The possible answers are (listed in order of increasing critical approach, which is proportional to the vote ...)

1. it is a granitoid,

2. it can be a tonalite or a granodiorite (or, for example, a granite or a granodiorite, or a sienogranite or an alkalifeldspar granite)

3. it can be a tonalite or a granodiorite (or one of the other two pairs of lithotypes of the previous point); to improve the classification, I would try to estimate the orthoclase vs plagioclase modal abundances. To do this, I would observe on the hand sample how many minerals reflect light on their cleavage planes (orthoclase) compared to those that do not have this property because they have a less developed cleavage (plagioclase). Also, I would try to better understand the type of femic mineral because tonalites often have amphibole while granites are more likely to have biotite as the main femic.

All the answers are correct but the answer (3) shows a greater petrographic competence. It is this type of competence that we seek (and reward with good marks).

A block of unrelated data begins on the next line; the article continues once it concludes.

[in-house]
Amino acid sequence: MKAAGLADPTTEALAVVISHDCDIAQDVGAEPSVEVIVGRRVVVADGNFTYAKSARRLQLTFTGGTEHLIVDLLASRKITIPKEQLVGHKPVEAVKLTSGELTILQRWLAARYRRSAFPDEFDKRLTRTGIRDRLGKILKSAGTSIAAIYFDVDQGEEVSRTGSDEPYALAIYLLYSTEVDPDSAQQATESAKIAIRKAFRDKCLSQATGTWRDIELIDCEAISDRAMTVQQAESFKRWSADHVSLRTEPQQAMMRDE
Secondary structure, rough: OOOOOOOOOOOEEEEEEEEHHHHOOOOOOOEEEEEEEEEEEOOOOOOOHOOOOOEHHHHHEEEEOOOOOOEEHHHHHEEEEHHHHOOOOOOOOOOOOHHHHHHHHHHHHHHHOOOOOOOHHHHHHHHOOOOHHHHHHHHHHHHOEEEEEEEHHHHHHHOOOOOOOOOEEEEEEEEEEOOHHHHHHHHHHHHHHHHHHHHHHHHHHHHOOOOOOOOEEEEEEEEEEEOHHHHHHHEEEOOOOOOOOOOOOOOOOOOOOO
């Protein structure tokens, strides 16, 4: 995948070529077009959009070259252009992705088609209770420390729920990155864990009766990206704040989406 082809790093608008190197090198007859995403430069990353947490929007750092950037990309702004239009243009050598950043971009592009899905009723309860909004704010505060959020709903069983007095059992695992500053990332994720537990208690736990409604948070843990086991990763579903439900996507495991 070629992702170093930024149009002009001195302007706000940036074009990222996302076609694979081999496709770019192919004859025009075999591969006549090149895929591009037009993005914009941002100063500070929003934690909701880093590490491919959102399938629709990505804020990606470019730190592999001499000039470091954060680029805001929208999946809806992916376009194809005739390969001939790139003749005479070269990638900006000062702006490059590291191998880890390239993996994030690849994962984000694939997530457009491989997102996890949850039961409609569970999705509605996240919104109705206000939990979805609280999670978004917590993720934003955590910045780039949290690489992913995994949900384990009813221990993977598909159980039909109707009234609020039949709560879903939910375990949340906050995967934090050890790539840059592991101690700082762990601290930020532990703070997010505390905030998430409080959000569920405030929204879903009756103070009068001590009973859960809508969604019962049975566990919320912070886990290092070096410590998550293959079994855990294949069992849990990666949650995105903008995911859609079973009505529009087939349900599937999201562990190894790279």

From a practical point of view, the examination procedure is as follows:

  • Registration via almaesami,
  • The exam platform will probably be MSTeams,
  • During the oral session, the camera must be switched on and the student must have an identification document,
  • The teacher will share the screen with the images (macro and micro for Geological Sciences; only hand samples for Natural Sciences),
  • The student will have control of the screen to indicate what she/he describes,
  • If the image recognition part is positive, the topics discussed in class are checked,
  • If the image recognition part is negative, for example, a granite is exchanged for rhyolite, the candidate does not continue to the oral exam.

Teaching tools

  • Video Projectors supporting Power Point presentations
  • Hand-sized samples
  • Thin sections
  • Polarizing Optical Microscopes
  • Mineral and rock collections of the Museo di Mineralogia Luigi Bombicci

Office hours

See the website of Roberto Braga

See the website of Davide Novella